Joke candidates? | Comedians who turned politicians

Joke candidates?

Comedians who turned politicians

As Al Murray announces his tongue-in-cheek, pint-in-hand bid to become MP for Thanet South in Kent, we look at some other comedians with political ambition:

The elected…

Al Franken

BEFORE POLITICS: Al Franken was one of the original writers on Saturday Night Live, earning seven Emmy nominations for two stints from 1975 to 1980 and 1985 to 1995. He's written four bestsellers, including Lies And The Lying Liars Who Tell Them: A Fair And Balanced Look At The Right, a satirical book on American politics. He went on to host a radio show aimed at being a counterbalance to right-wing jocks, quitting in 2007 to run for Senate.

ELECTED: He was elected Democrat senator of Minnesota in 2008 by a whisker, and re-elected last year more comfortably.

POLICIES: In the senate, he has shed his showbusiness past and works seriously for his liberal views, for example making amendments to Obamacare legislation that has saved customers an estimated $3.4billion.

SERIOUS POLITICIAN? Most definitely. 10/10

Jon Gnarr

BEFORE POLITICS: Played in a punk band called Nefrennsli ('Runny Nose') as a teenager; and in 1994 started performing comedy on Icelandic radio, moving to TV in 1997 where he starred in several comedy TV series, movies, and stand-up comedy shows including Ég Var Einu Sinni Nörd (I Used To Be a Nerd).

ELECTED: In late 2009, in the wake of the financial crisis which hit Iceland hard, Jón formed the satirical Best Party with other people who had no background in politics. Its aim was to put fun back into politics. The party won six out of 15 seats on Reykjavík City Council in 2010, and he became mayor.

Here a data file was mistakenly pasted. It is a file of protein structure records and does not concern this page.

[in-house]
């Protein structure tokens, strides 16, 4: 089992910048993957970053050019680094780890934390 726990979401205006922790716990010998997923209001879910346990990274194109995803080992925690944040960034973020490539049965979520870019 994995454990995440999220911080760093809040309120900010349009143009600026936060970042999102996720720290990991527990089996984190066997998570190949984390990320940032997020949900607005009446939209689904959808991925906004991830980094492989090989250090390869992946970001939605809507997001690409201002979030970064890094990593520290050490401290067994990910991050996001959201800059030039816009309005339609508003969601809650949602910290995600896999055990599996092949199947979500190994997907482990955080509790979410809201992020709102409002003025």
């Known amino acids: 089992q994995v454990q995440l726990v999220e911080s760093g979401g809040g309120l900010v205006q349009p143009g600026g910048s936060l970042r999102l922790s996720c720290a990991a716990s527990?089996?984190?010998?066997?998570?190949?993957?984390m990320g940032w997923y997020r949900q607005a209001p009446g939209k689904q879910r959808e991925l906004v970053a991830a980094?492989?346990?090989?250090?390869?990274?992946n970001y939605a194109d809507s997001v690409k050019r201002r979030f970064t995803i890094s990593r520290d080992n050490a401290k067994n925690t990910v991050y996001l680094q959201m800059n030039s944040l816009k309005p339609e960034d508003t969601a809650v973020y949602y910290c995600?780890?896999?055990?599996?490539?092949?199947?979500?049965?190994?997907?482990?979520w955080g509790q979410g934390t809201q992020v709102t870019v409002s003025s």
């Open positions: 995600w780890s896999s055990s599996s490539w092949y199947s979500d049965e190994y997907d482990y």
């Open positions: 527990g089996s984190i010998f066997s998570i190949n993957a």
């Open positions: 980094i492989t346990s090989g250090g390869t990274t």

IN POLITICS: Not all his policies (outlined, pre-election, in a 10-point plan which had 13 points) are entirely serious, but they make a statement, such as pledging a drug-free parliament and 'meetings with women'. He generally left running the city to managers, but used his position to campaign for issues such as gay rights and banning religious groups from schools. As the party tackled serious issues, such as making ten per cent cuts to city budgets, its popularity waned – but he is still liked by many voters. His term expired in June last year and he did not seek a second term.

SERIOUS POLITICIAN? Serious about making a stand; but still not seriously interested in politics 5/10

Beppe Grillo

BEFORE POLITICS: He has a career in Italian television dating back to variety shows of the 1970s, a couple of years after starting out in comedy. Travelogues in the 1980s cemented his success. Soon afterwards, his performances began to display a growing level of political satire, which has often landed him in trouble with authority, and he has found it increasingly hard to get on TV. But a special that aired in 1993 attracted 15million viewers, showing his popularity.

ELECTED: In 2010, he started the 'Five Star Movement' in protest at out-of-touch and corrupt politicians. They won seats in regional elections in 2010 and in 2013 became the largest opposition party in the Chamber of Deputies – the equivalent to the House of Commons. Grillo leads them, although he was not an electoral candidate.